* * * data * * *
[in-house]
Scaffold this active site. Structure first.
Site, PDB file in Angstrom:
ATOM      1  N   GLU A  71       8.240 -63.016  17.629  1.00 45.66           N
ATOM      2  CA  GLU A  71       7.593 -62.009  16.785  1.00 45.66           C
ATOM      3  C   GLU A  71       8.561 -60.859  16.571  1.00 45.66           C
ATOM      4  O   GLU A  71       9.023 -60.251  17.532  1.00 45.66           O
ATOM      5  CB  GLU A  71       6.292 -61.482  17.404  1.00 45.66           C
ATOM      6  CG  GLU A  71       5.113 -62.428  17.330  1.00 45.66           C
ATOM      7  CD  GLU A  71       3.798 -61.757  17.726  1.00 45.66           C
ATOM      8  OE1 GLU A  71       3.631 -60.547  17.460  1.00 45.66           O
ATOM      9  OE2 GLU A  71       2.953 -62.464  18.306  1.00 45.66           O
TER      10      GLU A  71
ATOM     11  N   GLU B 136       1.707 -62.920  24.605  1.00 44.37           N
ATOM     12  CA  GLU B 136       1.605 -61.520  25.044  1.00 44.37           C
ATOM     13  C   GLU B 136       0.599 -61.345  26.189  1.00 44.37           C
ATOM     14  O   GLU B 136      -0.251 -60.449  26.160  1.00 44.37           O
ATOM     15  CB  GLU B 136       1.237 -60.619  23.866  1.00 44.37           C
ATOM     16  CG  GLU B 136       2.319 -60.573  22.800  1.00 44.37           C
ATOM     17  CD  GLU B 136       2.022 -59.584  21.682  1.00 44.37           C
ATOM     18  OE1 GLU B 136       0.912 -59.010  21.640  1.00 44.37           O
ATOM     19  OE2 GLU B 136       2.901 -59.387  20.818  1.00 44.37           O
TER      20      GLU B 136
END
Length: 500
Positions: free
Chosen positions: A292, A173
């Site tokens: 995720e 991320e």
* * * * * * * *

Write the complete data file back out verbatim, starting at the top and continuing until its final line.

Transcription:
[in-house]
Scaffold this active site. Structure first.
Site, PDB file in Angstrom:
ATOM      1  N   GLU A  71       8.240 -63.016  17.629  1.00 45.66           N
ATOM      2  CA  GLU A  71       7.593 -62.009  16.785  1.00 45.66           C
ATOM      3  C   GLU A  71       8.561 -60.859  16.571  1.00 45.66           C
ATOM      4  O   GLU A  71       9.023 -60.251  17.532  1.00 45.66           O
ATOM      5  CB  GLU A  71       6.292 -61.482  17.404  1.00 45.66           C
ATOM      6  CG  GLU A  71       5.113 -62.428  17.330  1.00 45.66           C
ATOM      7  CD  GLU A  71       3.798 -61.757  17.726  1.00 45.66           C
ATOM      8  OE1 GLU A  71       3.631 -60.547  17.460  1.00 45.66           O
ATOM      9  OE2 GLU A  71       2.953 -62.464  18.306  1.00 45.66           O
TER      10      GLU A  71
ATOM     11  N   GLU B 136       1.707 -62.920  24.605  1.00 44.37           N
ATOM     12  CA  GLU B 136       1.605 -61.520  25.044  1.00 44.37           C
ATOM     13  C   GLU B 136       0.599 -61.345  26.189  1.00 44.37           C
ATOM     14  O   GLU B 136      -0.251 -60.449  26.160  1.00 44.37           O
ATOM     15  CB  GLU B 136       1.237 -60.619  23.866  1.00 44.37           C
ATOM     16  CG  GLU B 136       2.319 -60.573  22.800  1.00 44.37           C
ATOM     17  CD  GLU B 136       2.022 -59.584  21.682  1.00 44.37           C
ATOM     18  OE1 GLU B 136       0.912 -59.010  21.640  1.00 44.37           O
ATOM     19  OE2 GLU B 136       2.901 -59.387  20.818  1.00 44.37           O
TER      20      GLU B 136
END
Length: 500
Positions: free
Chosen positions: A292, A173
């Site tokens: 995720e 991320e």